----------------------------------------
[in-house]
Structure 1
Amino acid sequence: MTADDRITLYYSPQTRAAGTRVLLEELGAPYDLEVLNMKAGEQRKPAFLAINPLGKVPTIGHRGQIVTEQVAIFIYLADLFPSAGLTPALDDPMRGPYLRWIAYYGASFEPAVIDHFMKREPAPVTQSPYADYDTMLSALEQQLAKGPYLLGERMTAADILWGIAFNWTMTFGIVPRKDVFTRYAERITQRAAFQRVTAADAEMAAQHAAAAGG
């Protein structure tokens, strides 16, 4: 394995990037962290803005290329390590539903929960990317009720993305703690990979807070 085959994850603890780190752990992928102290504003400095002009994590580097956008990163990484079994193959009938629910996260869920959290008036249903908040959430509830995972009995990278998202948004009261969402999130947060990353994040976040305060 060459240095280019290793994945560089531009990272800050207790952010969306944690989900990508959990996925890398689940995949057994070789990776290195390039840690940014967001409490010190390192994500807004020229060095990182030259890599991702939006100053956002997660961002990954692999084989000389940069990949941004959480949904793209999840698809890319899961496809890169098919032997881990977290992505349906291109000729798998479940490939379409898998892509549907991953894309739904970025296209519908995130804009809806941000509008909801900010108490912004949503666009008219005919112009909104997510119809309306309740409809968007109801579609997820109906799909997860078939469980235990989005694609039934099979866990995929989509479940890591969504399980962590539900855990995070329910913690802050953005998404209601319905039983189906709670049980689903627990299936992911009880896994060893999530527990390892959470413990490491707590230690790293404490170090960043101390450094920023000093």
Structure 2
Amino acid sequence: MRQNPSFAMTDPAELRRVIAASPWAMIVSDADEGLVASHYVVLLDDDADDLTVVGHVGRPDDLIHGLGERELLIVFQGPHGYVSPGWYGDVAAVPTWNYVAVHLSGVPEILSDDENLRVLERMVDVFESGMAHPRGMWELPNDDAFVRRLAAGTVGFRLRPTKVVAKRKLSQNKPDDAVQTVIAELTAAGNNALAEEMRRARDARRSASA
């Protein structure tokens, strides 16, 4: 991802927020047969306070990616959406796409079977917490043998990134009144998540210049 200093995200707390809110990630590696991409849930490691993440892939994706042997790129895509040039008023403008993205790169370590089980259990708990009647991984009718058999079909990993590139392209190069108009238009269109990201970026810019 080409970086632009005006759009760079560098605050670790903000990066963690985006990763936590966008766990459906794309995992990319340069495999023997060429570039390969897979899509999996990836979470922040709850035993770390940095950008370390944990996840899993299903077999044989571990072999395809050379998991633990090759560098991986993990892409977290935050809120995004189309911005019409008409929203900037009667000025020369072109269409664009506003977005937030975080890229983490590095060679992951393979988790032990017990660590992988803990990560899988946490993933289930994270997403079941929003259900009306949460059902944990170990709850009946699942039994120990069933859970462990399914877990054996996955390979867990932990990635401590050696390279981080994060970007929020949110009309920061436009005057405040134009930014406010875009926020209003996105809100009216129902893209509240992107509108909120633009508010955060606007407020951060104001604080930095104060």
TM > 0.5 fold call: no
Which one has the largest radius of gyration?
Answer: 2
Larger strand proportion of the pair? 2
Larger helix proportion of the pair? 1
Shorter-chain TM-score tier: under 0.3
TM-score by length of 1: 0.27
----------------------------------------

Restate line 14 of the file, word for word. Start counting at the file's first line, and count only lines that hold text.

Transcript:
TM-score by length of 1: 0.27